The BDX3300’s star attractions are the newly-added online services – BBC iPlayer, YouTube, Acetrax and Picasa. This is a meagre selection compared with the likes of Sony’s Entertainment Network or Samsung’s Smart Hub, yet Toshiba has clearly gone for the apps it feels will add most value, and the inclusion of BBC iPlayer alone is a real boon. YouTube is useful too, and with Acetrax you get a decent selection of movies to choose from (much better than Netflix, anyway).
With these features, Toshiba’s players have certainly gone up in our estimation since last year, but what doesn’t help their cause is the presentation. There’s no fancy dedicated interface for accessing these services – they’re incorporated into the rudimentary Media Center display under an ambiguously titled ‘Connection’ menu, which lists their names in spectacularly dull fashion. It’s a shame this player couldn’t have taken its cue from the more impressive menus on Toshiba’s latest LED TVs – but that may have taken more processing grunt than Toshiba was willing to shove into a budget Blu-ray deck.
We checked it out and BBC iPlayer works well, loading up content fairly quickly and playing programmes like EastEnders in HD without any glitches. YouTube is harder work due to its sluggish navigation but there are no complaints with video quality. Acetrax’s interface looks great, with brightly coloured movie art and a clear layout – in fact, these GUIs put the player’s own to shame.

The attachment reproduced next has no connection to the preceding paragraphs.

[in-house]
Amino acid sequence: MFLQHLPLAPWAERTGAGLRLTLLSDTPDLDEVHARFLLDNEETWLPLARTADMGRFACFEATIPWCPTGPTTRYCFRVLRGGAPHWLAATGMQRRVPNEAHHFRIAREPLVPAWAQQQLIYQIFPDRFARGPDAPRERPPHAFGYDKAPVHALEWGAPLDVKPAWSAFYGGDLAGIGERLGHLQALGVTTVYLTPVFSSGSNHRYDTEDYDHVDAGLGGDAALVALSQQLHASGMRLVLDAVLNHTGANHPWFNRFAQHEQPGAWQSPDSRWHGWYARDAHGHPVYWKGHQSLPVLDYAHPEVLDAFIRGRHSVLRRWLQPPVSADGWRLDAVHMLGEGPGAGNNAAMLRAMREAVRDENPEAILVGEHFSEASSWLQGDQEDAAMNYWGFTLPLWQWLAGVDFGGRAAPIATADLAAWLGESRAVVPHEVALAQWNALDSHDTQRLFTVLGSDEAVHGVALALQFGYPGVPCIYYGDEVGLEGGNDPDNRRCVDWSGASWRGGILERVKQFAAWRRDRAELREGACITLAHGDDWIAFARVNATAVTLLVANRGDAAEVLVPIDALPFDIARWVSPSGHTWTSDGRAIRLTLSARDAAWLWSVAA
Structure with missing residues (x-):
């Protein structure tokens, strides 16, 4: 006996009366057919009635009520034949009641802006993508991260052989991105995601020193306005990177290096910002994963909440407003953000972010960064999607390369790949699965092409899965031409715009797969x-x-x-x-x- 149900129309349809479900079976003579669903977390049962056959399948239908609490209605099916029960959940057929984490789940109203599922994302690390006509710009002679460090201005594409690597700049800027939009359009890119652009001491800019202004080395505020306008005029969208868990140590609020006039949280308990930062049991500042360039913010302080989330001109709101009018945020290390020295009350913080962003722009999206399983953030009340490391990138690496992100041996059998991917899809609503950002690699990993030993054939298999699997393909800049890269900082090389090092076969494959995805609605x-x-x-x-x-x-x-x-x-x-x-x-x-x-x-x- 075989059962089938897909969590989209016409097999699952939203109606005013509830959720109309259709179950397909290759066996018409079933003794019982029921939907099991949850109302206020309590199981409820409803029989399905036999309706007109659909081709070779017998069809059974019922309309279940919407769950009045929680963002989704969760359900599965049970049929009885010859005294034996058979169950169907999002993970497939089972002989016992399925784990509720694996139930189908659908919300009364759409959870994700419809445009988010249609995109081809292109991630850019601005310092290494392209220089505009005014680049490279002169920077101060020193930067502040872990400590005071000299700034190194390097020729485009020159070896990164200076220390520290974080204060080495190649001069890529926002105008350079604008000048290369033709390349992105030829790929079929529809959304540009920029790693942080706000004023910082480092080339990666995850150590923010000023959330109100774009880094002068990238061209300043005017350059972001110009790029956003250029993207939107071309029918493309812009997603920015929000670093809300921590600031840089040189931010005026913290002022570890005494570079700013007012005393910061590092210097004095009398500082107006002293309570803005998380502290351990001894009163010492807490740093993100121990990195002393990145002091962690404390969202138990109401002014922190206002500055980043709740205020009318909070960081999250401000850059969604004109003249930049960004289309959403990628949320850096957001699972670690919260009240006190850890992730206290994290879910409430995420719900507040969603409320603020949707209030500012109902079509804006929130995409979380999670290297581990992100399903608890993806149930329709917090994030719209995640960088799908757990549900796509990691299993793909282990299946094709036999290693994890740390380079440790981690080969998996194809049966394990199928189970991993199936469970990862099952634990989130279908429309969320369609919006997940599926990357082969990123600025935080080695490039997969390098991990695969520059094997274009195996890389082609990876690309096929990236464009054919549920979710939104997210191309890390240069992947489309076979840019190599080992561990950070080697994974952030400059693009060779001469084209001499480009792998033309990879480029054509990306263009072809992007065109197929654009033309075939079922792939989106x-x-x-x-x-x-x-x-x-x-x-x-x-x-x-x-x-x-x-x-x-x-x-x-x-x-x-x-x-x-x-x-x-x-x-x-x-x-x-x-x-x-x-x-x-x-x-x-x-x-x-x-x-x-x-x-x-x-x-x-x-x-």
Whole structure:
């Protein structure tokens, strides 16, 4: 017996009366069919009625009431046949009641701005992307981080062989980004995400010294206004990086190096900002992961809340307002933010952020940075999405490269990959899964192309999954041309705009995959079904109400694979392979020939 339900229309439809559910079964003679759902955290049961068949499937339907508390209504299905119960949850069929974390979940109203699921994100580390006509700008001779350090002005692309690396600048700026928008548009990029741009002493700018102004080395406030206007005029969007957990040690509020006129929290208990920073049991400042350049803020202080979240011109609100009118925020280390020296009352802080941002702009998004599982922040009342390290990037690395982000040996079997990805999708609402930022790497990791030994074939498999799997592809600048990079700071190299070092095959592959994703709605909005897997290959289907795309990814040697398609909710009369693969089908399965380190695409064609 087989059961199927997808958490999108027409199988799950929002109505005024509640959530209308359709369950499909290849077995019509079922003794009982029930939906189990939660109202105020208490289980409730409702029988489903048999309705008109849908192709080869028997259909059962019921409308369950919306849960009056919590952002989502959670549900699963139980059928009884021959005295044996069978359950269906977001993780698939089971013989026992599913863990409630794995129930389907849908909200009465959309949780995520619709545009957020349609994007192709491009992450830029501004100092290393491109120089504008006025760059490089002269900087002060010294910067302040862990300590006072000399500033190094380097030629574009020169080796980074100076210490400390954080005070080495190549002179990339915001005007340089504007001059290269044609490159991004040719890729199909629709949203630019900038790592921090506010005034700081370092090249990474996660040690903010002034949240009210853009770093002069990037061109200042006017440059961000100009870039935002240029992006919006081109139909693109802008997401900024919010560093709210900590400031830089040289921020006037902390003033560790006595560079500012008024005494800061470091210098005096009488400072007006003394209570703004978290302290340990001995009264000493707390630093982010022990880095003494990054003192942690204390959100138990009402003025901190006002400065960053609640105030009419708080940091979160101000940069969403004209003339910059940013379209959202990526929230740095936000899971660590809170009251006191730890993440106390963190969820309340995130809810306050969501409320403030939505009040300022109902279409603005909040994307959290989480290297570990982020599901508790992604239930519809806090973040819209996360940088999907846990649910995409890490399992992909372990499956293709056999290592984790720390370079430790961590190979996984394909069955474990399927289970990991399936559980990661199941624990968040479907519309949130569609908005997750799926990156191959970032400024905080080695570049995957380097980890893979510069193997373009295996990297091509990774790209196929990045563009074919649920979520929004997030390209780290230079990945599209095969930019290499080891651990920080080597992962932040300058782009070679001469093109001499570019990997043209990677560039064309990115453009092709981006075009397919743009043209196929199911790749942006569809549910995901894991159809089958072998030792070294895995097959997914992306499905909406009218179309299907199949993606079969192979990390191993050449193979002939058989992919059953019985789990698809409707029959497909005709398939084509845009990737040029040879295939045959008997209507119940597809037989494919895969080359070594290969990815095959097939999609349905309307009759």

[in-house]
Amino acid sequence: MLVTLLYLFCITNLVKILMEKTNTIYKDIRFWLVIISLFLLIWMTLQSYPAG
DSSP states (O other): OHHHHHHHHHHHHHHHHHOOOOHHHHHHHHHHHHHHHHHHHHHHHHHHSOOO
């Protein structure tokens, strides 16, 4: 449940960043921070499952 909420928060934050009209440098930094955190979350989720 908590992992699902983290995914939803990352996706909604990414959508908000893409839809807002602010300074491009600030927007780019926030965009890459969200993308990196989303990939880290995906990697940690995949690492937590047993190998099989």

As well as Blu-ray, DVDs and CDs, the BDX3300 will play digital media formats via USB. We were able to play MPEG-1, MP4, hi-def AVI, MKV (containing 1080p video), XviD, AVCHD, FLAC, AAC, MP3, WAV and JPEG. In fact the only significant absentees are DivX and WMA – otherwise that’s a really impressive range of formats.
Another nice surprise is that the BDX3300 is DLNA certified and can supposedly play these formats from servers on your home network (PCs, NAS drives etc). The player wouldn’t play ball on our network – our Windows 7 laptop appeared in the list but froze after selecting ‘music’ or ‘video’ so we gave up. We didn’t have this trouble with other players.
It’s easy to access these network features thanks to the inclusion of built-in Wi-Fi (802.11b/g/n). We love the fact that Toshiba has put an adapter inside the player rather than making you faff about with an optional dongle. If your internet connection isn’t wireless, no worries – simply hook it up to your router using the Ethernet port.
Elsewhere you’ll find all the Blu-ray player regulars, such as Dolby True HD and DTS HD Master Audio bitstream output and decoding, 1080p upscaling for DVDs and 24Hz output for compatible TVs. Dig into the setup menu and you’ll unearth a couple of other nuggets, such as the Video Adjust menu, which allows you to set the levels of brightness, contrast, hue and saturation in the picture, as well as sharpness presets (Low, Middle and High).